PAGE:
John: The professional placement firms or those leaning toward the brokering side of the continuum have begun to narrow in. The economy has partially forced this. There are less people financially qualified to get into franchises and own a business. However, there is a bigger group of people who are looking for the next step. We have this dichotomy between people who want to do something on their own but can’t afford it and can’t find financing to a group that has been displaced and needs to find something because they’re used to earning a fairly big dollar and they can afford to invest some money and they want to find the right fit. From a transition perspective, I think it’s a group of people out there who are looking at both verticals. The thing is that I think a lot of firms have begun to focus on is people who are financially more astute and able to make an investment and have (to some degree) forgone the folks who need find an opportunity or a service-based business or something that fits for them. Our goal is to help anyone who is looking for an opportunity. It doesn’t matter if that’s a $50,000 investment in a business and they’re going to be on a truck building a route over four to five years as long as the expectations are correct from day one, we feel good about it.  We’re not just looking for the client who is financially able to buy a large territory that generates a large fee for the firm. I completely understand where a lot of these firms have gone; it’s just not where we’re going – not that we don’t want to have someone come in and purchase a large territory, but we often coach the candidate to purchase one, get it open, and be successful. It’s not just about the dollars for us. Let’s make sure they’re good at what they do before we sell them a territory of four or five and they have so many issues coming up that they can’t maintain the momentum the franchisor wants them to maintain or they are frustrated, for whatever reasons, with operations on their first one and you have to take away some of the territory. It becomes an antagonistic relationship if they aren’t suited for this. Until someone is actually in running the business, you never know for sure. I think this willingness to go slowly and to work with clients along all points on the pendulum is what sets us apart from other firms.

David: Where do you think your kind of firm in the franchise vertical will be heading in the next three to five years?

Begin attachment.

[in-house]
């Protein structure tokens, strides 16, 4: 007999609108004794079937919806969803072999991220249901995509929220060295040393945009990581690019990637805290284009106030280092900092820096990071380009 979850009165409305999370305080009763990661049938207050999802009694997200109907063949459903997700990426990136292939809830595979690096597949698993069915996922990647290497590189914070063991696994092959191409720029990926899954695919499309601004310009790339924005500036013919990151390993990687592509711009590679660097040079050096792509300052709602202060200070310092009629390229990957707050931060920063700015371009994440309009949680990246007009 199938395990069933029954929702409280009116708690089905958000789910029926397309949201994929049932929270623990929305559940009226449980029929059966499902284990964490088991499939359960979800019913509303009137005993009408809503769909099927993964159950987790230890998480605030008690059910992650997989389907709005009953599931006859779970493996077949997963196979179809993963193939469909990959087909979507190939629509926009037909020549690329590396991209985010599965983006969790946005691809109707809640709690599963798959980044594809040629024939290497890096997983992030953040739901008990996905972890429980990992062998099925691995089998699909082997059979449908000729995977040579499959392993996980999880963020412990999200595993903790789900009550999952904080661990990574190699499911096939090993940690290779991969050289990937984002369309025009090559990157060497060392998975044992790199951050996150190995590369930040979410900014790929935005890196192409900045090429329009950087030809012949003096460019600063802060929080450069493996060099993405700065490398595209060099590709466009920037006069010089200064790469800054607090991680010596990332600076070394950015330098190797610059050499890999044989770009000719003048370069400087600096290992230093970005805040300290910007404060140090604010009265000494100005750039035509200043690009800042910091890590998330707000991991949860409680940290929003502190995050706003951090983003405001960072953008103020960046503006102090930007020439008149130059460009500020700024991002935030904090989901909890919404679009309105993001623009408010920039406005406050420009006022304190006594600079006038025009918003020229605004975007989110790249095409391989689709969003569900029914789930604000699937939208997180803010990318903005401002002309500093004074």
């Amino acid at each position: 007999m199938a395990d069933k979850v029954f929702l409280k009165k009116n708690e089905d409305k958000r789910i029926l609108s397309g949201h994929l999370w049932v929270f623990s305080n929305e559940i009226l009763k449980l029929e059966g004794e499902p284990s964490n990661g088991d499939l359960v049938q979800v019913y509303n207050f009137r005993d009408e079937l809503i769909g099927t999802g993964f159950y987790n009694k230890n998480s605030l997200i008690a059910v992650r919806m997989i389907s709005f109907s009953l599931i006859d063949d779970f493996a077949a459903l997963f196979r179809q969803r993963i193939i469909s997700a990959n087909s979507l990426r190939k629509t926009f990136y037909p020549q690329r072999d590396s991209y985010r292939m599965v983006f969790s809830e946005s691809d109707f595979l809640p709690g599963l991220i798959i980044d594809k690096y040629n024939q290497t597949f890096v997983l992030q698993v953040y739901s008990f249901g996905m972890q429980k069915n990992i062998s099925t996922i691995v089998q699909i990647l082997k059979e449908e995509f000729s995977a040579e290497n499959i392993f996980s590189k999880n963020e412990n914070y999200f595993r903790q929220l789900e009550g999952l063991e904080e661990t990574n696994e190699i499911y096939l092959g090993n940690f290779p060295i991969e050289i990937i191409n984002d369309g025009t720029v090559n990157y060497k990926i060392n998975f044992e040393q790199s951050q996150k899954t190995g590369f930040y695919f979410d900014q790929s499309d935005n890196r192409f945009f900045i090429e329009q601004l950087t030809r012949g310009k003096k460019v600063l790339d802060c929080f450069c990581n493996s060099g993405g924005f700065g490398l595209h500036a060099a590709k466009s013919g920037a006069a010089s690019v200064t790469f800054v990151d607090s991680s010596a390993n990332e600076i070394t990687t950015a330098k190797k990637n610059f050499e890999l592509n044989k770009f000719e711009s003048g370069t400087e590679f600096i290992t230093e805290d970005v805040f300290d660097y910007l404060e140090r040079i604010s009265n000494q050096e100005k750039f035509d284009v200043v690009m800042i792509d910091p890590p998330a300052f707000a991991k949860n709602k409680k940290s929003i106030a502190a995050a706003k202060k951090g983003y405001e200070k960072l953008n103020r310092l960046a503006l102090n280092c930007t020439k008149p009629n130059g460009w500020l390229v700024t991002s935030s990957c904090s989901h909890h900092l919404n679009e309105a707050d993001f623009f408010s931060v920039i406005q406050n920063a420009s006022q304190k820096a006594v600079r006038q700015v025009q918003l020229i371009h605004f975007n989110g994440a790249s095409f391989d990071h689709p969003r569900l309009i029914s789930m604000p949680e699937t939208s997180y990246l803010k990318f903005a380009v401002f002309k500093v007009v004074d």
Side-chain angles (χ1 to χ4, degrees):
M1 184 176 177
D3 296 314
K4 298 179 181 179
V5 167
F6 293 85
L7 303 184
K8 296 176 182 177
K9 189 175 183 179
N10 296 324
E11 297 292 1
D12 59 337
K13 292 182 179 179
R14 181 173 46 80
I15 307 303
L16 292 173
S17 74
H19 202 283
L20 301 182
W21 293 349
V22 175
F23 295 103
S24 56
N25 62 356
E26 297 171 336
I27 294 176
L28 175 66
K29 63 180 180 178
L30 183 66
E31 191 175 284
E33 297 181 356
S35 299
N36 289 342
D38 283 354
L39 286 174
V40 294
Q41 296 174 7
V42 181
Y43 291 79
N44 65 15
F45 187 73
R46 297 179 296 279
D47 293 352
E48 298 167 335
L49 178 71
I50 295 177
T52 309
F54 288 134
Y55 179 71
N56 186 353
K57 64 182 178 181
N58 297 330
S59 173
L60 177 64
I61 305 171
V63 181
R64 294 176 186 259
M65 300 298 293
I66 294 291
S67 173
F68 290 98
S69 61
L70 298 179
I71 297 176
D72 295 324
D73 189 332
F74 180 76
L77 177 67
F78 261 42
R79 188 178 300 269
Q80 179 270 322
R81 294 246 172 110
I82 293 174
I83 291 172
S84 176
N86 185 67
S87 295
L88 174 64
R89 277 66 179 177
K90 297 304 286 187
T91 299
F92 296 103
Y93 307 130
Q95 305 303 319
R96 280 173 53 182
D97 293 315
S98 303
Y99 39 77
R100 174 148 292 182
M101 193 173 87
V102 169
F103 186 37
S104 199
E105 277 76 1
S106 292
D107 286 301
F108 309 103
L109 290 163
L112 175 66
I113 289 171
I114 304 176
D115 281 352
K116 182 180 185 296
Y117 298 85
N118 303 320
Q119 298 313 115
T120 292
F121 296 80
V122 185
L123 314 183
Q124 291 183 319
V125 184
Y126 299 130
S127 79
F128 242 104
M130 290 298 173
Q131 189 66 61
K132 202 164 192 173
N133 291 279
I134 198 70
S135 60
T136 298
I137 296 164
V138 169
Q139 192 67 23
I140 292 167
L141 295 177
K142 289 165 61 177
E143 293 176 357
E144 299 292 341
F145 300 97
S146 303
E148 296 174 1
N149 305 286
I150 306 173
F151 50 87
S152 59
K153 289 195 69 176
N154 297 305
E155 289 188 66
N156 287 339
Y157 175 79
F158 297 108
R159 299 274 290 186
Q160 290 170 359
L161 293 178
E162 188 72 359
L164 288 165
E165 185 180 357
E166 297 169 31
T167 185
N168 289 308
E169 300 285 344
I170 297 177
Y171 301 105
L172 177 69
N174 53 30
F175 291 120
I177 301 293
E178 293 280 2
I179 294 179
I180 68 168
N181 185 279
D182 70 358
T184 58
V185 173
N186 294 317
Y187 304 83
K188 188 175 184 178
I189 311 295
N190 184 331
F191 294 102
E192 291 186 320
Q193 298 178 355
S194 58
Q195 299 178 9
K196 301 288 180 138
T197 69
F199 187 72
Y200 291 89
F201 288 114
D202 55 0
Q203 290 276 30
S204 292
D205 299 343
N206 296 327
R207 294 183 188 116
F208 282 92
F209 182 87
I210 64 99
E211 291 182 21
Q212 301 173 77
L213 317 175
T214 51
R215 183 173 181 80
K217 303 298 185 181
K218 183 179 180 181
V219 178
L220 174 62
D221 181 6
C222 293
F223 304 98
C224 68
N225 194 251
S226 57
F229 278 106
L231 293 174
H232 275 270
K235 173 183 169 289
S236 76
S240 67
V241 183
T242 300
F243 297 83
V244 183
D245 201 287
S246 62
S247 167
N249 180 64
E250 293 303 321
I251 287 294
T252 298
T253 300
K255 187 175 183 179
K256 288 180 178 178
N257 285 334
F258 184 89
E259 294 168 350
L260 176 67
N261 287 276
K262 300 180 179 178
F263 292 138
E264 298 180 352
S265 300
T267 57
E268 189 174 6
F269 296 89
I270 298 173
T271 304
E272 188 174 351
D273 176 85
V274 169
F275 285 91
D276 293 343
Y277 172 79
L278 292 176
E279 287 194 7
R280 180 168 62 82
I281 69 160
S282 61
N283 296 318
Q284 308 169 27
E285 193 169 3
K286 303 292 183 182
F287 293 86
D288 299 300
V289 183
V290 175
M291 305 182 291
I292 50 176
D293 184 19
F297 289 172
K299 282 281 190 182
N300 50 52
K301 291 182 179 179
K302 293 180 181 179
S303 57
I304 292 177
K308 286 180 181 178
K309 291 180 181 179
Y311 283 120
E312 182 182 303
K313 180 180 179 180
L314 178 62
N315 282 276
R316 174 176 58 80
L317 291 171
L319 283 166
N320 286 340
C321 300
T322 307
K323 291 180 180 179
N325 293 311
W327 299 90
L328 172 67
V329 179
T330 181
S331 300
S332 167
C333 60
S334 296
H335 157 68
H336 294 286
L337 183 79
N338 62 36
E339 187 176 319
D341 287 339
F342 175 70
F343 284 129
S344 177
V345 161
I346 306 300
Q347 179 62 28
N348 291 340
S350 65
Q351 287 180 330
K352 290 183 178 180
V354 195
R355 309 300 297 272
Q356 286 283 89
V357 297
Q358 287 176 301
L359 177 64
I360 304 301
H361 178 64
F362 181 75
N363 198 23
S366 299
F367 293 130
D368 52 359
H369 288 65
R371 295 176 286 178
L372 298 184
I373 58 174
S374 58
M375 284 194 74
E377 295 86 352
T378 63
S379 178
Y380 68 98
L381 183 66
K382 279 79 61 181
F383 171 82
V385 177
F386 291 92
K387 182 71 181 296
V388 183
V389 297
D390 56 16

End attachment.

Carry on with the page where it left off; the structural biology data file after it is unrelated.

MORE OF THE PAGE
John: There are only so many sources of lead generation. There is no magic bullet. We’re all racing to get to the same qualified people. How we get to them is the differentiator. The top of the funnel and the inbound marketing strategy is something we focus on and believe in.  We partner with others who understand it and can help us from a lead generation perspective. We think it’s important to form relationships with others in the industry. We don’t have the only ideas that have value. There are too many smart people out there with good ideas. We want to collaborate with them to get to the end game, putting people into a business they can be happy going into every day.

I’d like to extend a big thanks to John for taking time out of his busy schedule to share his insights with us on the difficult task of finding qualified franchisees. This is a subject I know all franchisors struggle with at some point.


The Franchise Sales Solution’s John Armatas Shares How He Brings Together Qualified Entrepreneurs and Franchise Brands (Part 1 of 2)


photo2If you’re a franchisor, I know you’re looking for qualified franchisees. I also know how difficult this task is, and it’s only getting harder. I had the pleasure of meeting with John Armatas, principal at The Franchise Sales Solution. I talked to him about how his company helps franchisors rise above this difficult situation. This is a two-part interview. Tune in next week for the conclusion.

 David: Explain to us what The Franchise Sales Solution offers the franchise community, please.

John: Sure, we are a full-service sales company. We’re not brokers, even though we do play that role from time to time. To some degree, we like to see ourselves in the “back of the house” for a franchisor and their franchise operations. We do the work to help up-start and well-established brands grow strategically and rapidly by bringing them qualified entrepreneurs who are ready for the right franchise opportunity. We can do this because of our many years of experience in the franchise industry. We have developed a system to match the right prospect with the right franchise. Even though we operate independently from our clients, I tell folks they should feel like we’re just two doors down from the founder’s office. We’re providing what they would have in-house but just as an outside provider.

David: Tell me about your background and how you got into franchising.

John: I spent the first part of my career with the YMCA. A good friend of mine, at the time, owned a franchise called The Entrepreneur Source. It piqued my interest in owning my own business. He guided me through a sales process, evaluating a number of franchises to see if one was a good fit for me. Eventually, I decided to purchase a Fast Signs franchise. It’s interesting because what my friend taught me back then has been instrumental in guiding what I’m doing today. I really liked the way he walked me through the process. I never felt like I was being pushed into a brand. I was being guided and counseled through the purchase of a franchise. After I purchased the Fast Signs business, which I owned for eight years, I gradually moved into franchise development and really focused on the sales side. We purchased The Franchise Sales Solution in 2010. My in-roads into the business were actually as a franchise owner with Fast Signs. That started my passion for this business.